Am I making a hyperbolic statement with the title of this article? I don’t think so, if the findings of a recent investor survey accurately reflect the mentality of investors in the stock market here.
Earlier today, the Business Times published an article titled “S’porean investors unrealistic about yield and risk: poll”. The article’s main discussion was on the findings of Eastspring Investments’ third annual investor behaviour survey. Here’re excerpts from the survey (emphasis mine):
“[Singapore investprs] are optimistic about domestic equities with very high expectations on yield (average of 17.9 per cent) but with a low risk tolerance across all asset classes, with more than 30 per cent unwilling to take more than a 3 per cent loss on invested capital. This contrasts with Hong Kong mutual fund investors in the survey who expect an average of 20 per cent yield on Hong Kong equities in the second half of 2015, but are willing on average to take a 10.1 per cent loss on capital.”
The italicized portion of the paragraph above is frightening. A huge number of the survey participants in Singapore are unwilling to sit through even a low single-digit loss in their portfolio – that’s a recipe for disaster in the stock market.
Why? That’s because stocks are incredibly volatile assets over the short-term. The chart below will be illustrative. It shows the Straits Times Index’s (SGX: ^STI) maximum drawdowns (largest peak-to-trough decline) in each calendar year from 1993 to 2014.
Source: S&P Capital IQ
Stocks in Singapore have proven to be very painful investments to hold for impatient investors with short time horizons: In the 22 calendar years profiled in the chart, 19 of them have seen a drawdown of more than 10%.
But interestingly, the Straits Times Index has also nearly doubled from 1,531 at the start of 1993 to 3,000 today. Plug in a 3% yield (which isn’t too ambitious), and Singapore stocks have generated an annual total return of around 6% since 1993 despite all that short-term pain. That’s not too shabby.
“Volatility scares enough people out of the market to generate superior returns for those who stay in,” Wharton finance professor Jeremy Siegel once said. Don’t be the scaredy-cat.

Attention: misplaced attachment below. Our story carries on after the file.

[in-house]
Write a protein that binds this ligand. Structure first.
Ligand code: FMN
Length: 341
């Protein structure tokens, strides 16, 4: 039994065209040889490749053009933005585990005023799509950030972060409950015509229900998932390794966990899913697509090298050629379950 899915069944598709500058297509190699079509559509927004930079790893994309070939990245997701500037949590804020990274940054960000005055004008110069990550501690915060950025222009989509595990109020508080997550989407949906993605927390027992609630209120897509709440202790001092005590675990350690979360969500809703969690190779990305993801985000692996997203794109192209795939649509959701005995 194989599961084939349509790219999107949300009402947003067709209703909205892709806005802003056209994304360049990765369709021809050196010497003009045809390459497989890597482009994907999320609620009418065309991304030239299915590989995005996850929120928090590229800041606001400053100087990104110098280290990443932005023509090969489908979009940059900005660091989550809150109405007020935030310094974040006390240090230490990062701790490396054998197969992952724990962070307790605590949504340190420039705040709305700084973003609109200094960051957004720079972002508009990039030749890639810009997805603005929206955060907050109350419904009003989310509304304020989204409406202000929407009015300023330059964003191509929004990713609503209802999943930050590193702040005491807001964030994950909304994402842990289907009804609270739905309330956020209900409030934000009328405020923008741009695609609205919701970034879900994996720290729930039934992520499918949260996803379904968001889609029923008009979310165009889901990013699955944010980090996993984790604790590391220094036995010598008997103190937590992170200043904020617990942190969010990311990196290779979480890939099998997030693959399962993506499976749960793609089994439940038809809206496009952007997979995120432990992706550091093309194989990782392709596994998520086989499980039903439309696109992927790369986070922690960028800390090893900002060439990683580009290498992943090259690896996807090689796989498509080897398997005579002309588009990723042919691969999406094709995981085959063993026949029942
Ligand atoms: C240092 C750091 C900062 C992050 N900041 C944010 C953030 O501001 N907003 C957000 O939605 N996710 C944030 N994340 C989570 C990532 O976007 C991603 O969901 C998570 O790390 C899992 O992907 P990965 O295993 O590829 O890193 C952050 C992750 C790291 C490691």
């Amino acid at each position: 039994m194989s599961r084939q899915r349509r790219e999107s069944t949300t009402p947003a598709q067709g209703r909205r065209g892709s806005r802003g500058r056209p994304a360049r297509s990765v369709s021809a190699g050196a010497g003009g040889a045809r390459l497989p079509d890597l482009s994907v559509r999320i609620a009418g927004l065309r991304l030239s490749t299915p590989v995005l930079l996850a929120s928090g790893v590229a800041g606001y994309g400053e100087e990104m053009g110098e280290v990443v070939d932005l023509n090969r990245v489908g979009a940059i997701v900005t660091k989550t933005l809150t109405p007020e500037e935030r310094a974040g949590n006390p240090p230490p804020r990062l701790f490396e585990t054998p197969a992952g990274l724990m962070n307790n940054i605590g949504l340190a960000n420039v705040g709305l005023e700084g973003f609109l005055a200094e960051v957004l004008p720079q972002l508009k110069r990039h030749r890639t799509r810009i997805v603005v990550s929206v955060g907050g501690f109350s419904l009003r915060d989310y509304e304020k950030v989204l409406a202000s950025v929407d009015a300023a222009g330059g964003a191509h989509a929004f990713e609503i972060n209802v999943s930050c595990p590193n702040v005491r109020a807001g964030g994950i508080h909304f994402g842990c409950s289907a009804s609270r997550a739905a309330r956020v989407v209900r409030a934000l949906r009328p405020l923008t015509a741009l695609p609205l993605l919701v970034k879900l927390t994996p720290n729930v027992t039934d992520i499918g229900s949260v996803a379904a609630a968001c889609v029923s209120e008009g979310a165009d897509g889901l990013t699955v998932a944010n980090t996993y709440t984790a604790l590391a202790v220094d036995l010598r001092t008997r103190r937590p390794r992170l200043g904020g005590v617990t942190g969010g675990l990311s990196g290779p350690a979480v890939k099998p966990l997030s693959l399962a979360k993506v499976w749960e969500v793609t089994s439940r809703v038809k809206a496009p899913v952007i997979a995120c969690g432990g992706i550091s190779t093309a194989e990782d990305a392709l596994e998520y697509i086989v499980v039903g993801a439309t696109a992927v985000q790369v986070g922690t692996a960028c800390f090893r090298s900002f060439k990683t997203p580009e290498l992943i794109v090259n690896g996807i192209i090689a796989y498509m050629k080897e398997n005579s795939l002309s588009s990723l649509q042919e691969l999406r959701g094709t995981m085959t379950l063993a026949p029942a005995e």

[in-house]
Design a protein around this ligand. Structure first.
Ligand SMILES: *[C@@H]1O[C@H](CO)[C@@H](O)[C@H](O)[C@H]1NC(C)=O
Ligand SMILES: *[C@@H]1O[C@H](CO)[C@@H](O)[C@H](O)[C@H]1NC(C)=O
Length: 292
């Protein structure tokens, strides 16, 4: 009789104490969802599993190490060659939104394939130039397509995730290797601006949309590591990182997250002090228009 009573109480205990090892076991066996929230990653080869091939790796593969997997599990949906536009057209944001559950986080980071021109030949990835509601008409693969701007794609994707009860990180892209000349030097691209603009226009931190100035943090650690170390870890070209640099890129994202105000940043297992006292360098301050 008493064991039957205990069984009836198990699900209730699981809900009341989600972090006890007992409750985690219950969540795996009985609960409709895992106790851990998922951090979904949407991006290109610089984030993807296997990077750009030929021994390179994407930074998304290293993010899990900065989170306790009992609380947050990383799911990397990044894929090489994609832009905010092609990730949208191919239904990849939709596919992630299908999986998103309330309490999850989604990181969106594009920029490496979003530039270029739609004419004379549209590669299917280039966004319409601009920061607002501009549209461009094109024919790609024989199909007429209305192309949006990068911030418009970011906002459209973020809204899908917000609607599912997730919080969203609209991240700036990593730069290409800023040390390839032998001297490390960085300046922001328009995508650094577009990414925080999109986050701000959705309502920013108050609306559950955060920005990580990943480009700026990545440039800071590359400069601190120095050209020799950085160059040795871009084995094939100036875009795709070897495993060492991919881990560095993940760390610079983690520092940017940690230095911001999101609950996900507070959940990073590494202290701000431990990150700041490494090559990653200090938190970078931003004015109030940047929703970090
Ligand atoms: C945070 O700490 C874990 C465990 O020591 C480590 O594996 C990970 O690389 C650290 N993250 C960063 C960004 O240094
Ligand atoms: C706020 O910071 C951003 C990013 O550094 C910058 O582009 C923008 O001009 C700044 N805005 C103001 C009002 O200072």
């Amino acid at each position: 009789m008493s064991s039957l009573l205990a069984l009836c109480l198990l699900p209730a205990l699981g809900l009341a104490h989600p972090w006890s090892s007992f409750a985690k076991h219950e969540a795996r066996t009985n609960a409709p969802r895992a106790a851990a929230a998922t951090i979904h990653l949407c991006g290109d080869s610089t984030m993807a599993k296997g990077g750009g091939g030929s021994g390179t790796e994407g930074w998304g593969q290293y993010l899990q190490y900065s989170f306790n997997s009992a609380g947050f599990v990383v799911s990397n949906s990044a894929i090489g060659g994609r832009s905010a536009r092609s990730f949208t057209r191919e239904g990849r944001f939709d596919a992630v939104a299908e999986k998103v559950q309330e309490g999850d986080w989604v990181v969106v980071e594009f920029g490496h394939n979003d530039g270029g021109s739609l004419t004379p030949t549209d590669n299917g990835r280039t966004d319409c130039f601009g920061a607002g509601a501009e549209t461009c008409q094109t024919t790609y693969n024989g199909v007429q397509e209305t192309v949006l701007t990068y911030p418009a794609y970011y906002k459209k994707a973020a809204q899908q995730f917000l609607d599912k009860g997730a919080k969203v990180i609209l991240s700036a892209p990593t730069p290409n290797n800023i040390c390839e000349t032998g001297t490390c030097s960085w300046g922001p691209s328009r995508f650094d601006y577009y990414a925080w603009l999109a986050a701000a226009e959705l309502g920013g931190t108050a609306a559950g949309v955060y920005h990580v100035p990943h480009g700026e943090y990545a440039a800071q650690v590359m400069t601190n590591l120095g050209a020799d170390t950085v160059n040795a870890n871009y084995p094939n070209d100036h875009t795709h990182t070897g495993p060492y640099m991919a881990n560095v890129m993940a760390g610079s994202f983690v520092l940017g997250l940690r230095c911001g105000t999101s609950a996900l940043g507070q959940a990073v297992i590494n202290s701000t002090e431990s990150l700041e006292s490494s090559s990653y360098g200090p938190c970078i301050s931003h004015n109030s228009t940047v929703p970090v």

Now, some of you might be thinking: “Can’t those investors just find a great money manager who will not let their portfolio lose 3% or more?” Fat chance.
Bill Ruane and Charlie Munger are both phenomenal money managers. From 1970 to 1984, Ruane had turned every $1,000 invested with his fund into $7,753. That’s a nearly eight-fold jump in just 14 years. Munger’s even more impressive – in his relatively short 13 year career as a hedge fund manager from 1962 to 1975, every $1,000 entrusted to him at the start would have ballooned into $11,157 at the end. Here’s how they had performed in each year:
Source: Article titled “Superinvestors of Graham and Doddsville”
Notice the big negative years (emphasis on the plural) that both Ruane and Munger had? The point I’m trying to make here is that even the best money managers cannot prevent painful short-term losses for you if you want to invest in stocks. Periodic short-term declines are part and parcel of the game – it’s something we have to endure in order to generate satisfying long-term returns. (Remember Siegel’s quote earlier?)
David Swensen, the outstanding long-time manager of Yale University’s multi-billion endowment fund, revealed the following in a 2008 guest lecture:
- Investing research outfit Morningstar once did a study on the 10-year returns of 17 categories of equity mutual funds in the US (mutual funds there are analogous to unit trusts here).
- On average, investors in all 17 categories had underperformed the funds. The worst category saw a 13.4% per year underperformance!
- The reason for the phenomenon is that investors had been guilty of buying high and then selling low. Simply holding on would have resulted in a much better performance for the average investor.
The key takeaway from Swensen is that it’s not so much your money manager’s skill that determines your returns – it’s your behavior. The stock market is a volatile beast over the short-run. Help yourself by coming to terms with that. If not, you’d likely be doomed to fail.
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The information provided is for general information purposes only and is not intended to be personalised investment or financial advice. Motley Fool Singapore writer Chong Ser Jing doesn't own shares in any companies mentioned.